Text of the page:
Wednesday, 26 April 2017
Local suppliers of medical drugs are owed $19 million Local suppliers of medical drugs are owed $19 million Image sourced at

Public Hospitals In Malawi Might Run Out Of Drugs

Written by  Written By Clement MSISKA in Lilongwe Apr 19, 2017

As Malawi continues to face challenges in various fields, it has been revealed the central medical Stores is under immense pressure from its local drug manufacturers and suppliers with millions of dollars yet to be paid.

It is estimated that the local suppliers are owed money to the tune of $19 million.

The revelation will send shock waves to people throughout the country as public hospitals serve millions.

Based on a binding agreement between the Ministry of Trade and Industry and the Ministry of health,   the central medical stores is supposed to buy 50% of its drugs locally as part of the Buy Malawi Strategy currently being implemented by government.

According to Chokani Mhango, a convener for the Pharmaceutical Manufacturers Association of Malawi, the debt has put its members in an awkward situation as they are failing to import materials to be used in the production of their products.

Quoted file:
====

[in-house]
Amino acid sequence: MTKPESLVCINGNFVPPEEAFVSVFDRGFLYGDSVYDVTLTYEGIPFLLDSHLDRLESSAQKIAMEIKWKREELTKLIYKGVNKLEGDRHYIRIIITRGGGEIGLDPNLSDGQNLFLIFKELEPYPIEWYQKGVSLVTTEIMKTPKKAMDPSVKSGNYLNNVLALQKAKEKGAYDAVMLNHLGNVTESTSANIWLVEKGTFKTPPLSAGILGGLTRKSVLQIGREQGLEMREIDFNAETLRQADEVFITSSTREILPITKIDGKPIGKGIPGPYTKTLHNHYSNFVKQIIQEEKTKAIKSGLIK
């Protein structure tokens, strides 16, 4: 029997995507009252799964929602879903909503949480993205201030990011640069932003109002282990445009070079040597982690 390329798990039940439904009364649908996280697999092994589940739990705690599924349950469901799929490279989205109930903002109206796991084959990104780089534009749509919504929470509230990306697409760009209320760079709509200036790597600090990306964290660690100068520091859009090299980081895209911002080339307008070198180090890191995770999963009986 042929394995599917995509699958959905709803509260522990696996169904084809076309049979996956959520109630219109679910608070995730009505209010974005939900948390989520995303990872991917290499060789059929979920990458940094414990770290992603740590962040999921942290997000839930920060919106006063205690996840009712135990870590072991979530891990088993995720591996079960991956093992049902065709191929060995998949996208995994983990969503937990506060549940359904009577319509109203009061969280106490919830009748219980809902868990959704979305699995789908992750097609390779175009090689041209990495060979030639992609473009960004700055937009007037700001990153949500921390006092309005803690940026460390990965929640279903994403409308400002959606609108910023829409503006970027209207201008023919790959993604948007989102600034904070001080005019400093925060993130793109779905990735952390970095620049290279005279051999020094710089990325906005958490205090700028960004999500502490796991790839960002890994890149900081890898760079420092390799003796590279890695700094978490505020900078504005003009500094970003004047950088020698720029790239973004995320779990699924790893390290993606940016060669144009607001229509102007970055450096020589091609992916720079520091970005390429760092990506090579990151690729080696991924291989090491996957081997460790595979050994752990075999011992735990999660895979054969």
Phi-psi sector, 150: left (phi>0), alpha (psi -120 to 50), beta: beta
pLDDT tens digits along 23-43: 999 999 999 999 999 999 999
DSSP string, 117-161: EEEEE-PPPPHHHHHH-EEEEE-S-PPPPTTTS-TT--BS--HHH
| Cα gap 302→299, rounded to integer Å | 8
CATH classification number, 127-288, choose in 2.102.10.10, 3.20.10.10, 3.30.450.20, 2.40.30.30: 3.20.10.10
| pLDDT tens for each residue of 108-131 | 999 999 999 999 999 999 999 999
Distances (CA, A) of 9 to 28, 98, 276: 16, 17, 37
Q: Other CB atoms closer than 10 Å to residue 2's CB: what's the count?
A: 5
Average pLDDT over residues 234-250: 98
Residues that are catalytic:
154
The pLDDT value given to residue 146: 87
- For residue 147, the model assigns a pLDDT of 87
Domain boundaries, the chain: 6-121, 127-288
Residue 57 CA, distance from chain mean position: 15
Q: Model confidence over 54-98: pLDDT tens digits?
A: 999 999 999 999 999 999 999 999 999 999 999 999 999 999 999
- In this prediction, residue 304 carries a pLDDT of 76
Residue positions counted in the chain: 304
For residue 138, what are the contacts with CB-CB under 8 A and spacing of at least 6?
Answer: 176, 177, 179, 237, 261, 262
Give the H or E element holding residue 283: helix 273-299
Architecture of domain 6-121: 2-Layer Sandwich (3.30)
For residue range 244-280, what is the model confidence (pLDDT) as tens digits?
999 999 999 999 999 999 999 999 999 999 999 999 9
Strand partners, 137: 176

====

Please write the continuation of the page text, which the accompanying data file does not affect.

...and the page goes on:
Mhango adds that if the situation persists, they may be forced to cut supply to hospitals through Central Medical Stores and that over 5,000 people will have to be laid off in the process.

“If we don’t supply, hospitals will run out of drugs which in turn will lead to public outcry to say we have no drugs just like it happened in the past,” Mhango said.

However Chief Executive Officer for the Central Medical Stores, Feston Kaupa admits that the situation is dire and that they are working on several options to ensure that the situation is normalised.

Kaupa is of the view that government through treasury needs to separate logistics from the initial drug budget as more money is used for transportation.

He blames the system for the failure to pay in time as treasury has resorted to issue payments quarterly abandoning the old payment system.

Meanwhile, chairperson of the Parliamentary Health Committee, Juliana Lunguzi describes the situation as worrisome because hospitals in the country cannot afford to run without essential drugs.

Lunguzi reveals that her committee will soon engage stakeholders in the sector to ensure that the issue is ironed out and that suppliers are paid in time.


With such revelations, there is need for government to act swiftly to ensure that suppliers are paid in time so that people in public hospitals are not affected by the threat of cutting supply.

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